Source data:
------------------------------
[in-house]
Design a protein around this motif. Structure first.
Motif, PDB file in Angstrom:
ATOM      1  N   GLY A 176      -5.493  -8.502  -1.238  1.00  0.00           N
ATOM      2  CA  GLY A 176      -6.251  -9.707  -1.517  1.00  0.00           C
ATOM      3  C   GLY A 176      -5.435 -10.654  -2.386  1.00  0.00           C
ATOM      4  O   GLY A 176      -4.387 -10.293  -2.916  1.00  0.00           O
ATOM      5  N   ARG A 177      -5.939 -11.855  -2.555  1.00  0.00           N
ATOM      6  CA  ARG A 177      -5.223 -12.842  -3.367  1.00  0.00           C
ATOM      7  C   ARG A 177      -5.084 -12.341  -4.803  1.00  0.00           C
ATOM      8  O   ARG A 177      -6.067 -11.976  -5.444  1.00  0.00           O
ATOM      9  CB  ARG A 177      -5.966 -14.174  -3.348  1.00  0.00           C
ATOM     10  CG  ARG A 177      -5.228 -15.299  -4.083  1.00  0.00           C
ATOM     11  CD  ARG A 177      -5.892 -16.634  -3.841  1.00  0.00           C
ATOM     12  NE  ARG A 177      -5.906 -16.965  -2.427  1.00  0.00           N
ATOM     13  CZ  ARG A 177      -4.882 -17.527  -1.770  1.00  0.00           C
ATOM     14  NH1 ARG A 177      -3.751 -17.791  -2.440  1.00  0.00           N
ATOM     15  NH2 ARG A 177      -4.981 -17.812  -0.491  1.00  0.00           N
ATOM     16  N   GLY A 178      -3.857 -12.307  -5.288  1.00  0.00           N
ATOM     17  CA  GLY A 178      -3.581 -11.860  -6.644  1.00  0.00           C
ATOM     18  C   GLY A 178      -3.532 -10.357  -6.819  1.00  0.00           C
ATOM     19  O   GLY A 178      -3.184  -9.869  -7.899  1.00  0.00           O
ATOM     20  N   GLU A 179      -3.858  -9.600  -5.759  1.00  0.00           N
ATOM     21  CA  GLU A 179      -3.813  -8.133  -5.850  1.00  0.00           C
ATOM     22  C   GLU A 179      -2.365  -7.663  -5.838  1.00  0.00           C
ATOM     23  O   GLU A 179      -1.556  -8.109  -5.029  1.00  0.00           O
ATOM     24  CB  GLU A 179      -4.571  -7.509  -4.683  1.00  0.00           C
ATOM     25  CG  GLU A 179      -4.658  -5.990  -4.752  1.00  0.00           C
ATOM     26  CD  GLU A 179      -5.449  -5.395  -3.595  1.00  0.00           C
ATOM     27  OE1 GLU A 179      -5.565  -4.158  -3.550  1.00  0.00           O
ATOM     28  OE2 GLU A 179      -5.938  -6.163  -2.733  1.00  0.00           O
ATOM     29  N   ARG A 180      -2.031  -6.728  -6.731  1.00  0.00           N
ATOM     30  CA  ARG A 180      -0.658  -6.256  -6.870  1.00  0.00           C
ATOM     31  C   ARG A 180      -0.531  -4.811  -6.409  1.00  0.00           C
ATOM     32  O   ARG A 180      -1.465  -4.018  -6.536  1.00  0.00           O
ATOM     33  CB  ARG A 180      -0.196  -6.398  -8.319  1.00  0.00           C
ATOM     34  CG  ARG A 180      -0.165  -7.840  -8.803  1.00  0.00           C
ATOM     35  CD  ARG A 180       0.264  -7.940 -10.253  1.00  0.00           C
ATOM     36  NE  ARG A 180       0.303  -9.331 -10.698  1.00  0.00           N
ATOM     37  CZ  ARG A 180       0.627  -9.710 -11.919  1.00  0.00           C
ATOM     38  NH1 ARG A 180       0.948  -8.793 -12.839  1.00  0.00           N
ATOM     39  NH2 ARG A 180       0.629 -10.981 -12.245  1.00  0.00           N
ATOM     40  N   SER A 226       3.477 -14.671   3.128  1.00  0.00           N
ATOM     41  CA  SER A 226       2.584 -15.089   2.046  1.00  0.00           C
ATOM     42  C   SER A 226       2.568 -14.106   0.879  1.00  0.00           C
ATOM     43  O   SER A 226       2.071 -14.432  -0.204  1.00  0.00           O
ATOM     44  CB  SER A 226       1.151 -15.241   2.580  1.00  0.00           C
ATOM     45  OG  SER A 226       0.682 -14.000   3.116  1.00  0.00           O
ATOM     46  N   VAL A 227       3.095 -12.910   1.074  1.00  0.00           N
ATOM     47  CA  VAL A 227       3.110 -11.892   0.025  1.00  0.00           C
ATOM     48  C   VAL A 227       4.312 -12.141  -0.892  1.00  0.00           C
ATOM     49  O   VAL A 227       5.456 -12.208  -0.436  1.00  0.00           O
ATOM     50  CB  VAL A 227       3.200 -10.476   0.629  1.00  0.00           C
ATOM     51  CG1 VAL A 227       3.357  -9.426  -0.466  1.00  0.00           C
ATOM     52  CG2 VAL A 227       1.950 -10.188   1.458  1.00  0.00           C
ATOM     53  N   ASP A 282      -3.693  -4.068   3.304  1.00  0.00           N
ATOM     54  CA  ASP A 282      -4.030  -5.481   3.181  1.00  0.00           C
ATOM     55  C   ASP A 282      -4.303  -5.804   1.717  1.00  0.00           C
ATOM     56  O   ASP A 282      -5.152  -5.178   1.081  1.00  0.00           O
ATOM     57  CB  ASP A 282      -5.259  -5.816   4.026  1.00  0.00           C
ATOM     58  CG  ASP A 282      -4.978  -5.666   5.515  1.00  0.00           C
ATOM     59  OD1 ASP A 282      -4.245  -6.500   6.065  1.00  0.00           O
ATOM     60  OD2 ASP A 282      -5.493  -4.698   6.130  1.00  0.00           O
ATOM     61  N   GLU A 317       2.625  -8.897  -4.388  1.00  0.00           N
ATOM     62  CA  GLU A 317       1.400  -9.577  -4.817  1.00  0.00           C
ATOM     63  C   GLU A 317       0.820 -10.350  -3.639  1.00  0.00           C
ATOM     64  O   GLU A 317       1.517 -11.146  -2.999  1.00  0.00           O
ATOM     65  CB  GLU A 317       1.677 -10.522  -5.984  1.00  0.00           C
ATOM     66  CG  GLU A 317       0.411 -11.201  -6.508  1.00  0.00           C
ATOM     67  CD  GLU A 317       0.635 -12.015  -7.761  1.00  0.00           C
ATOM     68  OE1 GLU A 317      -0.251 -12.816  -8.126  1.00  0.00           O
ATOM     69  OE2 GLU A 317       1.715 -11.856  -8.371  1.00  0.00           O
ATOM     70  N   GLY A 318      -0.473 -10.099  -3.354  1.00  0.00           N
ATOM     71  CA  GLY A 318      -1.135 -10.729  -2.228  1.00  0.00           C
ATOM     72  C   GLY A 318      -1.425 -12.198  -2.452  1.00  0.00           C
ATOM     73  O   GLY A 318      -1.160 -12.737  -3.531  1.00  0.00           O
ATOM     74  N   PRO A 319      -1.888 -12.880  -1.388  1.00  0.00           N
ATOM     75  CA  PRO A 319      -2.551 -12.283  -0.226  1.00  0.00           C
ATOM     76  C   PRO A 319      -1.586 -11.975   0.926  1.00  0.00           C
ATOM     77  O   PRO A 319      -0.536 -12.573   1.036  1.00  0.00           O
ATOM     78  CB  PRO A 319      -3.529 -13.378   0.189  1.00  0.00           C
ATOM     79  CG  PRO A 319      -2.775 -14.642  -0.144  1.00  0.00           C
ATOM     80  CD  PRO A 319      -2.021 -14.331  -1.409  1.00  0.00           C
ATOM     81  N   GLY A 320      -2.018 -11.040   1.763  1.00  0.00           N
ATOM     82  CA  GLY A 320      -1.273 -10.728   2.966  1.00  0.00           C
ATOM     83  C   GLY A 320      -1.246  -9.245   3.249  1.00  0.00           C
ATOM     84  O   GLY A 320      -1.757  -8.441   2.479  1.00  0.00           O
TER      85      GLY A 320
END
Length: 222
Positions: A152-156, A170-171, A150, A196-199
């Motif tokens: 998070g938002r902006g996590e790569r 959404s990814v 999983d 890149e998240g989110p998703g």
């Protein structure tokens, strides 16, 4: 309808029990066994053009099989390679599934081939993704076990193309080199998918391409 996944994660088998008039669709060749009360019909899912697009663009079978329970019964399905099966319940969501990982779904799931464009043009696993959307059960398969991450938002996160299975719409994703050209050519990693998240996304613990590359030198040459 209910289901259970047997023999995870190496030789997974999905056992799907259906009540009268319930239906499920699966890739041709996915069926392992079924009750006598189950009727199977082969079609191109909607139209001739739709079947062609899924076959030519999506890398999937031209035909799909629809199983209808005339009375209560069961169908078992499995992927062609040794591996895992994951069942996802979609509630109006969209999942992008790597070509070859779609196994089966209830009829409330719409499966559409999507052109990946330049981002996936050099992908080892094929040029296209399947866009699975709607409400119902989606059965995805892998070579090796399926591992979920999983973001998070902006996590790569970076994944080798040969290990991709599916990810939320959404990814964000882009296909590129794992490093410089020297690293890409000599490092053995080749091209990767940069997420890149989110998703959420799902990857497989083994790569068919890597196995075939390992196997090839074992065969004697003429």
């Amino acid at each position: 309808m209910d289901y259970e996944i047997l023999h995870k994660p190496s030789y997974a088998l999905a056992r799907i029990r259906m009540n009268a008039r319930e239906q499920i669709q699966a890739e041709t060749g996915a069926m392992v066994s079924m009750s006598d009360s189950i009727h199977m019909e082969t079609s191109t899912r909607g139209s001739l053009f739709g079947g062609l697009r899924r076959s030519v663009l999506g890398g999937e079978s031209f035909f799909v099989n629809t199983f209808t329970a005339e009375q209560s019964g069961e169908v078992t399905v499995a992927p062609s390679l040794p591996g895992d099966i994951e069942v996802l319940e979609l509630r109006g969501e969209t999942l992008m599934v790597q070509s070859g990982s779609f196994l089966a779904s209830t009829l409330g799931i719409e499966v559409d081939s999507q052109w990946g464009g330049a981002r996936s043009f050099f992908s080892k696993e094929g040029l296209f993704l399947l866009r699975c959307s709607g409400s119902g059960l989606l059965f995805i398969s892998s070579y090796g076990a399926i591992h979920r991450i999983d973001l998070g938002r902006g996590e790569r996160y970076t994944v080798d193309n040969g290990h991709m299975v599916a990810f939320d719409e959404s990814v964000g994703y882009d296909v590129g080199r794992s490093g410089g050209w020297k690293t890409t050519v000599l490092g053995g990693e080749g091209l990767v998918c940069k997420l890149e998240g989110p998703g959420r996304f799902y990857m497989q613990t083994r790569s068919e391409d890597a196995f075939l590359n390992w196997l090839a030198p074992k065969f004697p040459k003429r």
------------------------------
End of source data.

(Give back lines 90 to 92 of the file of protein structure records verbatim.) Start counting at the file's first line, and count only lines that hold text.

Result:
Length: 222
Positions: A152-156, A170-171, A150, A196-199
């Motif tokens: 998070g938002r902006g996590e790569r 959404s990814v 999983d 890149e998240g989110p998703g």